In my dining room I have a large map of the world with the words “Beautiful are the feet that go” written underneath. We just moved into a beautiful older style home this last summer. Until now, I have not had the wall space for a world map but have wanted one as a reminder to me of God’s heart for all peoples and of Jesus’ call to preach the gospel to every nation. Over the last year or so, my understanding of the great commission has expanded as I realize I may not have to go far to “go” into all the world. It may mean just bringing someone to my dining room table.
All of us find it easier to invite close friends and family over. We may even be comfortable with the idea of hospitality to members of our church family. But what if our homes were a primary place of ministry to unbelieving friends, neighbors, and strangers? What if our ordinary resources, homes, and families could be used as beautiful tools for the gospel? That takes a bit more effort and intentionality.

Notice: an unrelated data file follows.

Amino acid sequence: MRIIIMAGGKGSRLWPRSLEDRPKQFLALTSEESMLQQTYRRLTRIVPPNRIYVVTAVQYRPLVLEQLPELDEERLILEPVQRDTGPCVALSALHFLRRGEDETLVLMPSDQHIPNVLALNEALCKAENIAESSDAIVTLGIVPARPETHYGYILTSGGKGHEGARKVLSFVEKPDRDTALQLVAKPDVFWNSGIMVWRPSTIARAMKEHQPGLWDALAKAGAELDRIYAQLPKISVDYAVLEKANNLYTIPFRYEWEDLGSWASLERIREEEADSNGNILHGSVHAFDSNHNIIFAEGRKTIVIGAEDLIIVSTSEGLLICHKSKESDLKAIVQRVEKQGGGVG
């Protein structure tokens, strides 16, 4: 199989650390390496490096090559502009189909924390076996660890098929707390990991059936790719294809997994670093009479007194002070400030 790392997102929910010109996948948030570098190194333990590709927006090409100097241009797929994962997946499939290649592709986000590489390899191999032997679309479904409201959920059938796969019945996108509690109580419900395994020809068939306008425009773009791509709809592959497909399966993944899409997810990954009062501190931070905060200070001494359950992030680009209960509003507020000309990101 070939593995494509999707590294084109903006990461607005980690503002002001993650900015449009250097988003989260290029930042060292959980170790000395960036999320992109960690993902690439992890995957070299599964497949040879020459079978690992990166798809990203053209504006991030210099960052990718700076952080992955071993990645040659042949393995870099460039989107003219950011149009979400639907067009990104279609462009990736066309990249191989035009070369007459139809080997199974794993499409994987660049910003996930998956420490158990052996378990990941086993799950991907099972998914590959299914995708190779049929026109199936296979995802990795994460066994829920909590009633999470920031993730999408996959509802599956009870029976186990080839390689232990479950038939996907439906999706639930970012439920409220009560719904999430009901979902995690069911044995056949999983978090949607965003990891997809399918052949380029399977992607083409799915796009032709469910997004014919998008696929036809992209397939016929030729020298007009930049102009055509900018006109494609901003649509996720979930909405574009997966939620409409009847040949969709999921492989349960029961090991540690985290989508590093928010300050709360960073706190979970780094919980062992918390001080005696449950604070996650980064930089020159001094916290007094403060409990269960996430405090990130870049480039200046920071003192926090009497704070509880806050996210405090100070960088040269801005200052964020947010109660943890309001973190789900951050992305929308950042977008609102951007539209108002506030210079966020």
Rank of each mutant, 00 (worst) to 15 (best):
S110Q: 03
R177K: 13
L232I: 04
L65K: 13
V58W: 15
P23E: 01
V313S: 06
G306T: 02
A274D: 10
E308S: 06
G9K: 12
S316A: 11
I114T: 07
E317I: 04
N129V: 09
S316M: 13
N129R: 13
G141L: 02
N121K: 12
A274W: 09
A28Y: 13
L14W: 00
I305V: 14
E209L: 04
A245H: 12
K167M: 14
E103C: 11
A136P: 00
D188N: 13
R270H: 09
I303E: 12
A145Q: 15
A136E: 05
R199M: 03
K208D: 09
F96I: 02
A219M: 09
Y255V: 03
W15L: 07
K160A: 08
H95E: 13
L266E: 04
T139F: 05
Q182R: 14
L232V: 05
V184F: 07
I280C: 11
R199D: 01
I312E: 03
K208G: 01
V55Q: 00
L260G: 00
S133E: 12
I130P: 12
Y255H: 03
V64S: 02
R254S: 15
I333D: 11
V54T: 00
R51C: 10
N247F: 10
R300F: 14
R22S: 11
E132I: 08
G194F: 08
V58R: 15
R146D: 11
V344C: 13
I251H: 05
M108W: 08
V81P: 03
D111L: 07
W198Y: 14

Practical Tips for Implementing Hospitality as a Family:
- Intentionally pursue relationships – If you stop for a minute to think and pray, you might be surprised by the amount of unbelieving friends or strangers you already bump into on a regular basis. How can you be more intentional and extend kindness to them? Or maybe you need to initiate inviting someone new into your life: a single person who would love to regularly become a part of your family routines, a foreign exchange student who needs a welcoming family, local moms who would want to be part of regular play dates with a fellow mom, a co-worker who needs an encouraging word.